comment 0

The Film Director’s Journey With Mark W. Travis.

During the Munich Short Film Festival Mark W. Travis, the film director, ran one of his workshops called “The Director’s Journey”. I attended the workshops and found it useful. Below are some pointers, thoughts and ideas from the workshops which I thought I would share with you.

WHY AM I MAKING THIS MOVIE? – This is a vital question that needs to be asked before you decide to make a movie.

Once you know the exact answer to this question, you can get going with pre-production. Otherwise, it may be difficult to work at all.


Pre Production

1. What is the story really about, FOR YOU? (What can I say? Every day my story changes. I, as the director, need to maintain a high level of energy going within the crew.)
2. What is the scene about?
3. Why is this scene in the movie? (What would you lose if the scene wasn’t in the film?)
4. What must I, as a director, achieve within this scene so that it will function properly within the movie? (vision: What does the scene bring to the film?)
5. What are the character objectives, obstacles, arcs, means, actions, activities, adjustments, windows of true nature (What is going on within the character?), risks, stakes, etc.?

6. How can I direct and stage the scene to clarify and underline the essential dynamics within the scene?
7. How can I capture (record) this scene to enhance the basic dynamics of the scene? (What is the event that is worth shooting)

Post Production
8. How do I rediscover the story that is contained within the material I have created? (Discover the movie you are making. It will be the best version of your story.)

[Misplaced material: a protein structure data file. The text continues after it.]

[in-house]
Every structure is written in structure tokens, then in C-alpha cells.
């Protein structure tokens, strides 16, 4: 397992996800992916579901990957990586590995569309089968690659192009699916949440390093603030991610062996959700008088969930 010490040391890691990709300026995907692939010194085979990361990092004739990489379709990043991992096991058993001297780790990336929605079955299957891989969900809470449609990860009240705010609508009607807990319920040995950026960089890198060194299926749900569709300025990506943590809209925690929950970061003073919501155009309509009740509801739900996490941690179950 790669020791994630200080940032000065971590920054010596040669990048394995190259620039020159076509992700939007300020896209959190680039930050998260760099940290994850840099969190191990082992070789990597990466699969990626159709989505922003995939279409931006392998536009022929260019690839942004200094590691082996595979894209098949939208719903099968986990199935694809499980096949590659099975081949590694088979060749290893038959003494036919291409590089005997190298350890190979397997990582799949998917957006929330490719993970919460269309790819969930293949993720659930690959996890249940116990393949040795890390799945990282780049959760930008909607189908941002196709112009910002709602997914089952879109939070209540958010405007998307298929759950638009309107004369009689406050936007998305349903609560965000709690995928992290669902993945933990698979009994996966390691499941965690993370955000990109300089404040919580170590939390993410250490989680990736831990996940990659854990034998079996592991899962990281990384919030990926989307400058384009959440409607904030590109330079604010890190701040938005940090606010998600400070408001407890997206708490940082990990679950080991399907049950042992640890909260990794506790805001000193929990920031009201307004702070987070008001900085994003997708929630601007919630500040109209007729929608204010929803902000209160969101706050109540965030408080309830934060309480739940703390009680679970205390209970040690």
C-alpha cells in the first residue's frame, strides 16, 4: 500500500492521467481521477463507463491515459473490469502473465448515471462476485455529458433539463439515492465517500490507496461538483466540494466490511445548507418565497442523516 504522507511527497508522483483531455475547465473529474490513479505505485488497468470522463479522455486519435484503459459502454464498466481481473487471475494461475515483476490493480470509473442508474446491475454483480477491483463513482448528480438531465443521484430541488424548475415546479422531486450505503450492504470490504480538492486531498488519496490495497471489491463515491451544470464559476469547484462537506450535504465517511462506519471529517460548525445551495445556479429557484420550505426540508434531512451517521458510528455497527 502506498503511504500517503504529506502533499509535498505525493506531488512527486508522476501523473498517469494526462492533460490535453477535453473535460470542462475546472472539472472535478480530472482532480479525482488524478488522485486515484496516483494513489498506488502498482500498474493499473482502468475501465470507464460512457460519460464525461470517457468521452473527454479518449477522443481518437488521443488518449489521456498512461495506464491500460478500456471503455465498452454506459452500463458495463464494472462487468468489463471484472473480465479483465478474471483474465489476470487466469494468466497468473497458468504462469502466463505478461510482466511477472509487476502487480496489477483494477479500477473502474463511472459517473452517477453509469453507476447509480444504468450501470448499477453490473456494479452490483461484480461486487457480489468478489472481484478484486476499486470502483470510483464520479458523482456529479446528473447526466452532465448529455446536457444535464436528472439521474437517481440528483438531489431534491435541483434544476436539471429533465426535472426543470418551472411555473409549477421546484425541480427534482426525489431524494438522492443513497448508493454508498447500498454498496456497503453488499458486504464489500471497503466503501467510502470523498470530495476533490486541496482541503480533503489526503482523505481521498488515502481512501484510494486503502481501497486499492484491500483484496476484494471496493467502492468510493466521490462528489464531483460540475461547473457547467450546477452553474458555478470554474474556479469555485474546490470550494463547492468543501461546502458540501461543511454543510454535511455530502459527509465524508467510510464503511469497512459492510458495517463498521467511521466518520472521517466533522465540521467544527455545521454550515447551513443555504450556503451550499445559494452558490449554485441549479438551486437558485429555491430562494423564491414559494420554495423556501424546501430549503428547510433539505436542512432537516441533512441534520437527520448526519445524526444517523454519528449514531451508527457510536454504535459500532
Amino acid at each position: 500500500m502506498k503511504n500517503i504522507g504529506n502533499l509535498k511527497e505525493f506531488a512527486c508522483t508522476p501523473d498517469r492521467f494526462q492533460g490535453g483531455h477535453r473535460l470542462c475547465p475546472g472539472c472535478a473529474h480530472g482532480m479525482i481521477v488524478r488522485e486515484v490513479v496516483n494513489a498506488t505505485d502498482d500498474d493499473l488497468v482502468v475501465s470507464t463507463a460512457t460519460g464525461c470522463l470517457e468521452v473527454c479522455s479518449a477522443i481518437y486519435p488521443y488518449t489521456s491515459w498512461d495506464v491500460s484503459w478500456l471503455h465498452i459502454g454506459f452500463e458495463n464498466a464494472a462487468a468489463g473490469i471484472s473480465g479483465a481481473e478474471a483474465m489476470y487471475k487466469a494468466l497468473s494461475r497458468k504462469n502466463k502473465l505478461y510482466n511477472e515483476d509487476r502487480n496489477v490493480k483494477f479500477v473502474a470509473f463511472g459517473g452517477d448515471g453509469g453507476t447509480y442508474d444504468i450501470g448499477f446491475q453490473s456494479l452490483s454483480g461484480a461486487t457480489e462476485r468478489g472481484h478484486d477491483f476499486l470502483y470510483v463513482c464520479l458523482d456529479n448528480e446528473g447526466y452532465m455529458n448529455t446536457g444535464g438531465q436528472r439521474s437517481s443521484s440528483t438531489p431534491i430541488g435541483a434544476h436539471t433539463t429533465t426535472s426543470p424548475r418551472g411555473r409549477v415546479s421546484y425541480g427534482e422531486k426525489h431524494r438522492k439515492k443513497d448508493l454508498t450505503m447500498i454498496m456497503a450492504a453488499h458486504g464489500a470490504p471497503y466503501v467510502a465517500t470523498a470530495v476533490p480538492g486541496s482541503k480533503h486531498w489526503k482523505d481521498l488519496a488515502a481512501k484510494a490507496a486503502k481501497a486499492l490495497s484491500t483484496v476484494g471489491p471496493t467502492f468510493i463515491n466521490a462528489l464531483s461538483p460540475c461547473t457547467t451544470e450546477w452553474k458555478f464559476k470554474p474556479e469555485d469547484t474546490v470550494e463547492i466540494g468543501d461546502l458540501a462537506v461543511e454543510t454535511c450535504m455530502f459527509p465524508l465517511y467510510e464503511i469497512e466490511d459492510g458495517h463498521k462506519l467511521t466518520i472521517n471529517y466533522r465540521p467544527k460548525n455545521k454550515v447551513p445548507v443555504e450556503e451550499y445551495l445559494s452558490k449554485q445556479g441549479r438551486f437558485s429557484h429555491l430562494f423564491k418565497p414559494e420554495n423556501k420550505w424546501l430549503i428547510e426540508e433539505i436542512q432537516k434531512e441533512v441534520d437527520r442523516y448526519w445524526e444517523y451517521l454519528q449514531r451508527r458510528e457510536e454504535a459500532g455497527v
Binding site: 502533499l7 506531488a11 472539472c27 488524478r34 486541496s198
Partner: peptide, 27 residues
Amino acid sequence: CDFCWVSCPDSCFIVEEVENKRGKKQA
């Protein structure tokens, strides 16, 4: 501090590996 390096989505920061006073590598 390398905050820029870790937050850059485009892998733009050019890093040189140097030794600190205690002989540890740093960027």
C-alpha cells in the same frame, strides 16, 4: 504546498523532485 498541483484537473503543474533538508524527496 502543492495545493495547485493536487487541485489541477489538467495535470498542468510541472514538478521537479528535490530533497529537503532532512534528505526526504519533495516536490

9. How do I reassemble this material to create the most dynamic version of my story?

The Director and The Script

1. As a director, you need to ask yourself once again why you want to turn this particular script into a movie.
2. Read the script. While reading the script stop your brain working on the shoots or staging and hold yourself back to be able to understand what the script is really about.
3. Start forming a relationship with the story. (How the story relates to your life? Can you see similarities between the story and your life? How the story affects you? What do you feel reading the story? Etc.)
4. The script needs to be analysed scene by scene for the director’s vision to be clarified.
5. You need to do the script breakdown to be able to analyse the script.
6. It is essential to know what the protagonists’ journey is throughout the script?
7. The story is in the characters, and the characters must be doing something. So the audience can see what journey the characters are going through, how the journey affects them and whether they are going in the direction they wanted to go.